Keith Hart interviewed by Alan Macfarlane 12th April 2006

0:05:05 Introduction, born 1943 in Manchester; parents and wider family; living in Old Trafford in a run-down area but with middle-class aspirations; father encouraged any interests and had numerous hobbies and talents himself; I was a boy soprano of some excellence but when voice broke just gave up singing because if I couldn't be the best didn't want to do it at all so failed to learn father's lesson that anything was worth doing for its own sake

4:12:16 Schooling - when I was eight visited Cambridge and accepted by parents that I wanted to go there; started the examination process for Manchester Grammar School at nine; could only enter if headmaster recommended child; 10,000 entrants every year reduced to 2000 by first exam and 200 by second; I was the first person from my area ever to go there; always felt I was a stranger in a largely middle-class society and couldn't mix home with school

6:21:19 I was a classicist and there were some excellent Latin and Greek teachers but the inspiring teachers  taught English; now see that I lived a double life with future through exam passing and mastering of analytic techniques, but my passion was always for fiction, for plays, novels and movies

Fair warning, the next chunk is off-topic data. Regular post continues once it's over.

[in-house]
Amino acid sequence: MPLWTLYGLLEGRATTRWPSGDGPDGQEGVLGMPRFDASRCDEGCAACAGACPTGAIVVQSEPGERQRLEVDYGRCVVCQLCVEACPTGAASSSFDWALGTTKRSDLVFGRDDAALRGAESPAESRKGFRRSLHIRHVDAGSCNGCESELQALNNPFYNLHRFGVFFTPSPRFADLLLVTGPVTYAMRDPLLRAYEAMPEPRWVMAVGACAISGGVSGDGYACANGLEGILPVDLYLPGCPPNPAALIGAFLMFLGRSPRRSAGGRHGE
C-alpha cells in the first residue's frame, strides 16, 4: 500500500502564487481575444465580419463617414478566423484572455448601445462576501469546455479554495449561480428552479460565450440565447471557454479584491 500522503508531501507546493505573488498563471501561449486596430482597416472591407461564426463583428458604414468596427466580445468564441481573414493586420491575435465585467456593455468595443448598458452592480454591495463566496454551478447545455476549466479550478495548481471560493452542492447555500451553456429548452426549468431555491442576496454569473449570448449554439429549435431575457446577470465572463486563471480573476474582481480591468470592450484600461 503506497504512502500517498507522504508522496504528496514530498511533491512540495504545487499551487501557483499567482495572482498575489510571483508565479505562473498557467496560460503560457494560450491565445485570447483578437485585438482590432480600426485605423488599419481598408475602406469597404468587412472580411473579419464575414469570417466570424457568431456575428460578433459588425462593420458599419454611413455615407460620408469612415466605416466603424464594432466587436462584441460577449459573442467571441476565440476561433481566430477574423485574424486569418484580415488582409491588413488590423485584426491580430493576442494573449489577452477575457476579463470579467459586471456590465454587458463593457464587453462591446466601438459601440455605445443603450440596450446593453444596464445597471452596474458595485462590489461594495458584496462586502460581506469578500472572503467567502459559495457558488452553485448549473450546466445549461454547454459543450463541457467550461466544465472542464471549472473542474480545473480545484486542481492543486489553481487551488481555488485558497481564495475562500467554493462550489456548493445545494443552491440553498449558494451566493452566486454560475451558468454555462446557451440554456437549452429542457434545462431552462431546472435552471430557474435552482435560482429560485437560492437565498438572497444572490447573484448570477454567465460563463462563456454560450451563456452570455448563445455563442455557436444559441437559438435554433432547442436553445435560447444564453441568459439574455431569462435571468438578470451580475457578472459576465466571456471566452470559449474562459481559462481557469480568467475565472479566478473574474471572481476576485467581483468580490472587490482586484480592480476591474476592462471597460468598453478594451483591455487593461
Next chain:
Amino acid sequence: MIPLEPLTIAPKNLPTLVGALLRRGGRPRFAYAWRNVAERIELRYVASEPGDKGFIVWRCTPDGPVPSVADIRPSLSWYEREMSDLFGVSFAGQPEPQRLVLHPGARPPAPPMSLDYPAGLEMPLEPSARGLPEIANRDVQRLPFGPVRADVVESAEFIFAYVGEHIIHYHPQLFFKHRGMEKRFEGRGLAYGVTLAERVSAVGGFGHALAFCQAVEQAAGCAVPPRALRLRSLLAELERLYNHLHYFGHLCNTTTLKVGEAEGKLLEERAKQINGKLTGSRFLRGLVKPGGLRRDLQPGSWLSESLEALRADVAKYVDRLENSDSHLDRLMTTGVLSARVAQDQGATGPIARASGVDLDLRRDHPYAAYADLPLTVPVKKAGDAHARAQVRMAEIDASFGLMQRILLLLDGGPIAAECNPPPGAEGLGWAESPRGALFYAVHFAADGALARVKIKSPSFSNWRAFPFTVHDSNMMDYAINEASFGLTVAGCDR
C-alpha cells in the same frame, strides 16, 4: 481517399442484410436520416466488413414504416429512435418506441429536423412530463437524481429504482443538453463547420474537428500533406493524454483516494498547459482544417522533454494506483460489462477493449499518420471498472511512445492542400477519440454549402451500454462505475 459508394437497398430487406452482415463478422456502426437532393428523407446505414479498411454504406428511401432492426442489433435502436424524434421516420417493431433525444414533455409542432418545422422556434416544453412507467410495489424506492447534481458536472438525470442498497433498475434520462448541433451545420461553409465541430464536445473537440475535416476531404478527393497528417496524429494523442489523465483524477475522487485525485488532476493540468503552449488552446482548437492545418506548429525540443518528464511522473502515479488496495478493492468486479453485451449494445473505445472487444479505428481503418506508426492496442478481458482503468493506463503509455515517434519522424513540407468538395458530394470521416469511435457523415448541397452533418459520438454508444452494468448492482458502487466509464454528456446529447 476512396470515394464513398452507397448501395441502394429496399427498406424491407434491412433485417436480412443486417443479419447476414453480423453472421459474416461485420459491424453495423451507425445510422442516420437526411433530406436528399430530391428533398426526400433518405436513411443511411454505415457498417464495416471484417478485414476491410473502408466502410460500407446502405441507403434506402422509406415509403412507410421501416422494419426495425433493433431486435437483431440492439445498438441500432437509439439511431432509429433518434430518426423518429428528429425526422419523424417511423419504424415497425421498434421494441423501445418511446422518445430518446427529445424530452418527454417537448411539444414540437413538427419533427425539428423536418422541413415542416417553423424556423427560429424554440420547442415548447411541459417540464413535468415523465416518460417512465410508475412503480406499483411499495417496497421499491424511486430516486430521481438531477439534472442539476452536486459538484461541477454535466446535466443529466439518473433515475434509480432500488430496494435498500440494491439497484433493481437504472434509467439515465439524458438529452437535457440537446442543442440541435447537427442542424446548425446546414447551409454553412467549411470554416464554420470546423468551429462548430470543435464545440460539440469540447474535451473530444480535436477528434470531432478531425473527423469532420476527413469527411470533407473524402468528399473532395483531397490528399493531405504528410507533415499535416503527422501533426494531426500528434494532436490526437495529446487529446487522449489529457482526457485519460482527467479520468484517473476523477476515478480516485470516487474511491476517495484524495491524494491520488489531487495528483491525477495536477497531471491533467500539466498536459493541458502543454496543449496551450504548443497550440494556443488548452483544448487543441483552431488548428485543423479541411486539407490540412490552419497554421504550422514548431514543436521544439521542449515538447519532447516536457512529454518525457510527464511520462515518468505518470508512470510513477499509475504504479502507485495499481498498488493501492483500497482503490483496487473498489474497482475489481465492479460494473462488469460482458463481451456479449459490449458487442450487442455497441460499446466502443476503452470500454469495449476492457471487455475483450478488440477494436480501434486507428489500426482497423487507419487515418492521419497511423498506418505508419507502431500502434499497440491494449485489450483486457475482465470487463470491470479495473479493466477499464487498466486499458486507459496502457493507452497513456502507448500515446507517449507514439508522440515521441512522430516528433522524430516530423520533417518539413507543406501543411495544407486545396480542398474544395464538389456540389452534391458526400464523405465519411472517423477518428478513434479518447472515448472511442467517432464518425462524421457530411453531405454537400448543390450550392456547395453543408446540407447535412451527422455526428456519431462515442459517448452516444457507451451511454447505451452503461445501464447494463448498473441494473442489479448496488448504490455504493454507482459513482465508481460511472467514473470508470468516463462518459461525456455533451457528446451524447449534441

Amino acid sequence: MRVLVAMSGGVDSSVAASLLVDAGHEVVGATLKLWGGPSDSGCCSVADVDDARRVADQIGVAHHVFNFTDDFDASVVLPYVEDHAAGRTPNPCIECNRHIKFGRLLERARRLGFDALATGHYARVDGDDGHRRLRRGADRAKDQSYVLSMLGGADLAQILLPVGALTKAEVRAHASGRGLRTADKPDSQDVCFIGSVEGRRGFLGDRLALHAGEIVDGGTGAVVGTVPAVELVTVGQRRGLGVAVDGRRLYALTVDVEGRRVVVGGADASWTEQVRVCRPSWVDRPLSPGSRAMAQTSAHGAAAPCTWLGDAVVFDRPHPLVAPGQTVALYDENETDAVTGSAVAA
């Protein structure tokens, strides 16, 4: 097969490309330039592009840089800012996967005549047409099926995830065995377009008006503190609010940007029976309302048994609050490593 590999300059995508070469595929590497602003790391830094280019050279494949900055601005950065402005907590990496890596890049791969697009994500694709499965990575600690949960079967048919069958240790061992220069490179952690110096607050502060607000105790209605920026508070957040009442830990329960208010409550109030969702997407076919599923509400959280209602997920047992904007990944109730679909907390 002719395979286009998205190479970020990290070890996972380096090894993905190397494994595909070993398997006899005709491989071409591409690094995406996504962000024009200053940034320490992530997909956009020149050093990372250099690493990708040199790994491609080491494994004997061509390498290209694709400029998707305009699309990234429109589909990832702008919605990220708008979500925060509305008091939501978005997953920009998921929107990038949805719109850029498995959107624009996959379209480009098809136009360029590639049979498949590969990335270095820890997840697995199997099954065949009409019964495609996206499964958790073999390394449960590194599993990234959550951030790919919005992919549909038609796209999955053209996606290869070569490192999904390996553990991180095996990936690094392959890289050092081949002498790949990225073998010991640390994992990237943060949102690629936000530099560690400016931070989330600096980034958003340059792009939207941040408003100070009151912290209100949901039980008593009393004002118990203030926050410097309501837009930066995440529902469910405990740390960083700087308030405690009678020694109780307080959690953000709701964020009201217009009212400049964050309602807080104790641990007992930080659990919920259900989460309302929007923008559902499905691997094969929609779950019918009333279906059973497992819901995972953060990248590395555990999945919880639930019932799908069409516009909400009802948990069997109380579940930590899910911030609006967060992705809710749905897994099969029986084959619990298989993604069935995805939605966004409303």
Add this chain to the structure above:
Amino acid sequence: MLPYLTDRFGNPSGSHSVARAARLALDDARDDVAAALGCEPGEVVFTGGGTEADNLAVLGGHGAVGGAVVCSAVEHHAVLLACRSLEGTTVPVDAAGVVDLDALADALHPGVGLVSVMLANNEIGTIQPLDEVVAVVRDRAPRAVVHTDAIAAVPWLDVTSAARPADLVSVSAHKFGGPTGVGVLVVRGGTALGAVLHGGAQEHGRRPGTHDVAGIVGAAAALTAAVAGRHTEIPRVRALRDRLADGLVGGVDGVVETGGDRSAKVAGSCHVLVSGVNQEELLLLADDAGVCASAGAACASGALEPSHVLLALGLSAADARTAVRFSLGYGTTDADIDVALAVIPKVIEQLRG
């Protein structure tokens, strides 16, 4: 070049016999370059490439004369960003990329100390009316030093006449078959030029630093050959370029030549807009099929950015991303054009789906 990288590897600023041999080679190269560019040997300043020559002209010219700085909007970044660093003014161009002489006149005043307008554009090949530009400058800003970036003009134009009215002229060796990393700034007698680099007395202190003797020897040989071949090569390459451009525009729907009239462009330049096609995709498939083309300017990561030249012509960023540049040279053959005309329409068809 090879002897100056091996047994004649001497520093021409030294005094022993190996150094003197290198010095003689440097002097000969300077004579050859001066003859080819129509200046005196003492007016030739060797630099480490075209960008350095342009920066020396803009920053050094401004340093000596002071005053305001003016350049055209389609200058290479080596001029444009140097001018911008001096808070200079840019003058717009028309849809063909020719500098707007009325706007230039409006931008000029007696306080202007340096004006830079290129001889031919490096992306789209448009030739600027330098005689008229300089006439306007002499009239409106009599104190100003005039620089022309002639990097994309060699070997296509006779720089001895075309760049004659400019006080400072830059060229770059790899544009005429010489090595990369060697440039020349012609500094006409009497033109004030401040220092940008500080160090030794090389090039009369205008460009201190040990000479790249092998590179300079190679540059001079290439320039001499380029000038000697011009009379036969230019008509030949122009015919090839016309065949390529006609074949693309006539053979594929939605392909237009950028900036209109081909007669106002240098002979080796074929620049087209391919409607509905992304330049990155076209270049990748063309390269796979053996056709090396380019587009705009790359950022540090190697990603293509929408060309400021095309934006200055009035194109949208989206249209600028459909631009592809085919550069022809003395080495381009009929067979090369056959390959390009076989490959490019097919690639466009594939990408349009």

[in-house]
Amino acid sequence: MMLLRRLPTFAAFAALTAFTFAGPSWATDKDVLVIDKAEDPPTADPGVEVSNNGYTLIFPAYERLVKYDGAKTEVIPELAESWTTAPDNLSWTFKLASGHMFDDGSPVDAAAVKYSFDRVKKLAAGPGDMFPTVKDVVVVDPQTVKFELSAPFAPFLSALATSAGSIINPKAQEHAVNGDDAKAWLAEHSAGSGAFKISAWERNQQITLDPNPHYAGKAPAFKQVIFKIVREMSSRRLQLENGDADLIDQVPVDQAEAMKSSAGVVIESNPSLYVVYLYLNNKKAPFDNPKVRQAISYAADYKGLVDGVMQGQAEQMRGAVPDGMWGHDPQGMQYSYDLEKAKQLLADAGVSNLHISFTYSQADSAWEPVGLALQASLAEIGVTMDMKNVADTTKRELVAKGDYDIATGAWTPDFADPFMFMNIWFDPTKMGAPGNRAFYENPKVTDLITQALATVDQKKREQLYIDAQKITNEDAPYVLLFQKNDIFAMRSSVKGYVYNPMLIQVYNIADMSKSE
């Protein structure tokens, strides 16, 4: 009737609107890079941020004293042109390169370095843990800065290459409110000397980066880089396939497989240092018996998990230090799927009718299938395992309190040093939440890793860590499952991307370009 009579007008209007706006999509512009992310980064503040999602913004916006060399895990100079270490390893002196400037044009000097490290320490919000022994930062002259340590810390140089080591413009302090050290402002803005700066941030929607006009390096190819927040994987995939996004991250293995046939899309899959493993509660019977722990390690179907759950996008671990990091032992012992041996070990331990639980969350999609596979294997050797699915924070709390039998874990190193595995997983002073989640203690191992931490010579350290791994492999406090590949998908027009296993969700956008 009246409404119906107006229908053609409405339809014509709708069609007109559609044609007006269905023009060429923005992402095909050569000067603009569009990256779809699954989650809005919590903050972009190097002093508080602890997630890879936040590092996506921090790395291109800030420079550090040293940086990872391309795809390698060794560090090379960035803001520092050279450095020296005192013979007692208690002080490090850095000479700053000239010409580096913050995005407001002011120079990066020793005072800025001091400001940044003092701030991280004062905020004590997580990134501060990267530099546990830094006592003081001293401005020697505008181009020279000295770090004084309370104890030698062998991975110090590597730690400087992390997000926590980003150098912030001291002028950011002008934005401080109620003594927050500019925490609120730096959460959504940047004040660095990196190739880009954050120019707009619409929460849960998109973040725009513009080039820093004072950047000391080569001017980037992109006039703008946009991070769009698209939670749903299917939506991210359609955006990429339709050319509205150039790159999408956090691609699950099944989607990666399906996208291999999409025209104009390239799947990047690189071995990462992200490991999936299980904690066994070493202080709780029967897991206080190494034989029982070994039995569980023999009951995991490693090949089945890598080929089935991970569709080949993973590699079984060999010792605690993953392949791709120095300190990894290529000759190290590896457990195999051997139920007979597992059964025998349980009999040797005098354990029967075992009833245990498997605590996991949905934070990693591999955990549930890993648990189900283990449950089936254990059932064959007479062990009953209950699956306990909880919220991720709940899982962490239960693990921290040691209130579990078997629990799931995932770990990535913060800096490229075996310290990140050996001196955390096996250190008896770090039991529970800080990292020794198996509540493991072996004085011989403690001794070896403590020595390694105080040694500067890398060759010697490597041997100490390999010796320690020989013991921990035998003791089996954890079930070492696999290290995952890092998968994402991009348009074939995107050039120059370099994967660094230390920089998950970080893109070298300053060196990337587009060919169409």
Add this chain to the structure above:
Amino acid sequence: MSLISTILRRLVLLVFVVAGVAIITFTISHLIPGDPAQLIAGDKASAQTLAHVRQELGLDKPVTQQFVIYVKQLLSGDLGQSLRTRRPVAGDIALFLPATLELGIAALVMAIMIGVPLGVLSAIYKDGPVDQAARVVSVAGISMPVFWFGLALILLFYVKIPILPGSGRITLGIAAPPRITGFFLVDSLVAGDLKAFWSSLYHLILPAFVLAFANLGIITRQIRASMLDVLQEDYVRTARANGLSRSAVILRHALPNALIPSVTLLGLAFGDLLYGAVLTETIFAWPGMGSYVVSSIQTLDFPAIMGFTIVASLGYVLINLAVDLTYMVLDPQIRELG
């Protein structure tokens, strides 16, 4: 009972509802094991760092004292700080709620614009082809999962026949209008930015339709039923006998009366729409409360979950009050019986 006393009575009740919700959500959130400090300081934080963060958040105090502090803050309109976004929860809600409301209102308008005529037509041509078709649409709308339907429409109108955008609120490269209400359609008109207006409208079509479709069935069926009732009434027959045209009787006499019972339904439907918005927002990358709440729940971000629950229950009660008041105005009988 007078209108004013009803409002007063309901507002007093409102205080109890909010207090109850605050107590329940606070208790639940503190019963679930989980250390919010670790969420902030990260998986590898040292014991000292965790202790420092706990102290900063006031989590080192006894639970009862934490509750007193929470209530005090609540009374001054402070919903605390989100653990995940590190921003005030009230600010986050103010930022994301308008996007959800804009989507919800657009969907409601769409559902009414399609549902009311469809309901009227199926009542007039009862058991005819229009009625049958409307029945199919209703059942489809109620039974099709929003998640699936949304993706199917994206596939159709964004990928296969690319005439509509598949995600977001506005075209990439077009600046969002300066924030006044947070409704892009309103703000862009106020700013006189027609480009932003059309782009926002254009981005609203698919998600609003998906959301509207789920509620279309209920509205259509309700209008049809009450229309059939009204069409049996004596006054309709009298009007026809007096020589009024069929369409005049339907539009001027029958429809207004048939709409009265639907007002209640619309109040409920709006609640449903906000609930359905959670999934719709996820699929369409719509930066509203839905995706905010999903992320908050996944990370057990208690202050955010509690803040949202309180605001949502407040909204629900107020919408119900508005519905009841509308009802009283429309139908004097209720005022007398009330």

8:02:16 Thinking about a virtual Manchester of the mind; wrote a memoir called 'Manchester on my Mind' about the role the city played in my role as an anthropologist; I live in Paris now and have a bottle of Manchester United chardonnay on my desk, symbol of the change in both our fortunes

9:50:22 Won a scholarship to Cambridge to read classics; besotted with classics, mainly as a technical linguist; won prizes for translations; at that time limited option for pursuing a PhD in classics but never imagined being anything other than a professional academic, the question was what kind; felt an intellectual narrowness in classics so looked for an alternative career in the social sciences where job prospects were more promising; sociology in Cambridge unappealing as subordinate to economics at the time; heard of social anthropology which seemed to be sociology with travel thrown in; had a rowing coach - I was a cox for Lady Margaret - called Claudio Vita-Finzi, who was a geographer of the Mediterranean basin and every winter he went off to Sicily or Lebanon which seemed not a bad life, Jack Goody was in my college, St Johns, and was to some extent a drinking companion; Jack was running a seminar on clientship in about 1962-3 (I went up in 1961) as Maquet had produced his book on Ruanda; offered to talk on Roman clientship and Jack accepted; two days before the seminar was reminded so quickly mugged up a talk from library sources which was well received; thought that anthropologists could have no intellectual standards compared to classicists; admired them because they thought they could study anything; liked the idea of this expanding vision so transferred to social anthropology